The Little Mermaid

Image Via The South African

 

Prince Eric isn’t a good fit for Hans Christie Andersen’s The Little Mermaid. He has legs, Ariel is half-fish, and if she gets together with him then she has to abandon her family. That’s a bad move, Ariel.

 

Jaws

Aw, he’s holding him / Image Via Pinterest

 

But if she wants to take a walk on the wild side and still remain in the ocean, she can always go with the shark from Peter Benchley’s Jaws. Call him what you will (I call him Bruce, but others have called him Jaws or Sharkie or even Craig), but he knows his way around the wide ocean and can show Ariel a whole new world under the sea.

Ah, they always say there’s plenty of fish in the sea, but at least these two fish found each other. Maybe that’ll be the new plot for the new Disney remake!

 

5-Mrs Robinson and Oedipus

 

Mrs. Robinson

Image Via CharacTour

 

Mrs. Robinson from Charles Webb’s 1963 novella The Graduate is trapped in a loveless marriage. She’s only married to her husband because she got pregnant and needed to avoid a scandal, and thus she hooks up with young Benjamin Braddock. But Benjamin is only into her because he’s bored. He doesn’t love her.

 

Image Via Study.com

 

Oedipus from the seminal play Oedipus Rex has a thing for older women. Yes, he didn’t know he was married to his mom, but she was still older than him. So maybe we can avoid the whole I-gotta-pluck-out-my-eyes thing and just have Oedipus meet up and see where things go with Mrs. Robinson. She’s old enough to be his mom, and that should be enough for dear old Ed.

 

4-Paul Bunyun and Jack Torrence

 

Paul Bunyan

Image Via NEA

 

Straight from American folklore is the biggest and the best lumberjack in the business: Paul Bunyan.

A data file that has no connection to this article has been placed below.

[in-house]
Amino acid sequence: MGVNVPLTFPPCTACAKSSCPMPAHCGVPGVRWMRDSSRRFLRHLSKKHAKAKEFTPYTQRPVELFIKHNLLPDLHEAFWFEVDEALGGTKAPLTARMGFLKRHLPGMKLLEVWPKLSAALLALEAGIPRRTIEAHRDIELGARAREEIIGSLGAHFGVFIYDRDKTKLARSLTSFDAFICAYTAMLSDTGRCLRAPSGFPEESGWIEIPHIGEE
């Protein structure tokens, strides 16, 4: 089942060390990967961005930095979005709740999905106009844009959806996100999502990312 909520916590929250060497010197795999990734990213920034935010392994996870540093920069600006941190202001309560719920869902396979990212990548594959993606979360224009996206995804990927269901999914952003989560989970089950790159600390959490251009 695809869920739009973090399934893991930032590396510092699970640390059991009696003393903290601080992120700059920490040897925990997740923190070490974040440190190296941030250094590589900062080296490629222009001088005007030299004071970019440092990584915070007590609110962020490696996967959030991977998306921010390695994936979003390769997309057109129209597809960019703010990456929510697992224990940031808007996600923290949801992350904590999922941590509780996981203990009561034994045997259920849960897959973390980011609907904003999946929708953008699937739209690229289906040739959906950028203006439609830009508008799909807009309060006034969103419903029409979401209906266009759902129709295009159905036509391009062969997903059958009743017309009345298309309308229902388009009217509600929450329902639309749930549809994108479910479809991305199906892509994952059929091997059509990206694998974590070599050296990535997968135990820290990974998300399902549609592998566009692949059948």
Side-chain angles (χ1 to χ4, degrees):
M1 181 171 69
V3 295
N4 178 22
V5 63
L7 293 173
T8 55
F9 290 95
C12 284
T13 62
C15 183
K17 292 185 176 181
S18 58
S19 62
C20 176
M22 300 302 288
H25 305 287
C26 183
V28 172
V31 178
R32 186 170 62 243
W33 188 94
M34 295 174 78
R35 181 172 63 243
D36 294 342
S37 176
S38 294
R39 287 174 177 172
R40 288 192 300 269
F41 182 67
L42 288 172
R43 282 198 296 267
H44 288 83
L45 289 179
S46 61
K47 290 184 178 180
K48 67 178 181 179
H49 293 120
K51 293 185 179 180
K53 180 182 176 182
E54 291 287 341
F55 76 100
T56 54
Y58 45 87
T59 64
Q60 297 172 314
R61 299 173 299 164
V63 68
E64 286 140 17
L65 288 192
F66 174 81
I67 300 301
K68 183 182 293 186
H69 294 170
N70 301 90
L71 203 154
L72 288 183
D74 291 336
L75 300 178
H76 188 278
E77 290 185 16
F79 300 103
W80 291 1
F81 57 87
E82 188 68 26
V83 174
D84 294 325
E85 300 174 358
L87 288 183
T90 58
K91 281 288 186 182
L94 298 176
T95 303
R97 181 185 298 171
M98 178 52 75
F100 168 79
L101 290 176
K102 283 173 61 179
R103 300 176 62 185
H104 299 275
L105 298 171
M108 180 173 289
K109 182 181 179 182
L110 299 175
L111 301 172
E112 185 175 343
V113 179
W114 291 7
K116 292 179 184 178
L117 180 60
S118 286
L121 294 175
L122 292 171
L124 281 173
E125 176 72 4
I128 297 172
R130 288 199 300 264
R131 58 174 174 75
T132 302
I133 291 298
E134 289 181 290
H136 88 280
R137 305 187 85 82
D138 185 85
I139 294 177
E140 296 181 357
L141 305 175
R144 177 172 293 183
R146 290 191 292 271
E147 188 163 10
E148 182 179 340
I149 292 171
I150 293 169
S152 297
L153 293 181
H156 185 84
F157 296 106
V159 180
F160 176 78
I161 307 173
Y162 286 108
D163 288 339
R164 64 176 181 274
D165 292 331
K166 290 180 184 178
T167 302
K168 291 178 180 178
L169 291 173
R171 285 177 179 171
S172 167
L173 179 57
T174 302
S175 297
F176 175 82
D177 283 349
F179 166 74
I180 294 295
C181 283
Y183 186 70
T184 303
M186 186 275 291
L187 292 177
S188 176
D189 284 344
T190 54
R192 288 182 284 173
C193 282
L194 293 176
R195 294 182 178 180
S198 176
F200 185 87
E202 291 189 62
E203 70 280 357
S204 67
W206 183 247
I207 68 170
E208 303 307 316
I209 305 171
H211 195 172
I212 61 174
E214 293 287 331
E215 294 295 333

Jack Torrance

Handsome! / Image Via Salon

 

Straight from the mind of Stephen King is Jack Torrence. Now Mr. King was quite unhappy with the changes Stanley Kubrick made in his film adaptation, so we’ll have a chance to mend things here.

In the book Jack Torrence has a roque mallet, so maybe Paul can give him his iconic ax. Plus, since Paul’s ax might be a bit big for Jack, he can buy one here and, once Jack has his iconic ax, well…

 

Beautiful friendship

Image Via Giphy

Or maybe something more…

 

 

3-Katniss and The Chershire Cat

 

The Cheshire Cat

Image Via DeviantArt

 

This goes beyond the fact that ‘Katniss’ kind of, sort of, sounds like ‘cat’ and the Cheshire Cat is, well, a cat.

 

Katniss Everdeen

Image Via Scoopnest

 

For one, Katniss from Suzanne Collins’ The Hunger Games never really loved Peta. Two, Cheshire Cat from Lewis Caroll’s Alice in Wonderland knows his way around the block and would have helped her big time before, during, and after those pesky Hunger Games.

Plus, the Cheshire Cat is funny, and you know what they say….

 

what do you see in that guy?

Image Via Pinterest

 

 

2-Christine and Pennywise

 

Chirstine

Image Via Amreading

 

An evil car

 

Pennywise

Image Via OC Celebrity Marketing

 

..and an evil clown, what could be better? We already know Pennywise has a thing for cars…

 

Image Via Collider

 

So maybe it’s time for Christine to rev Pennywise’s engine.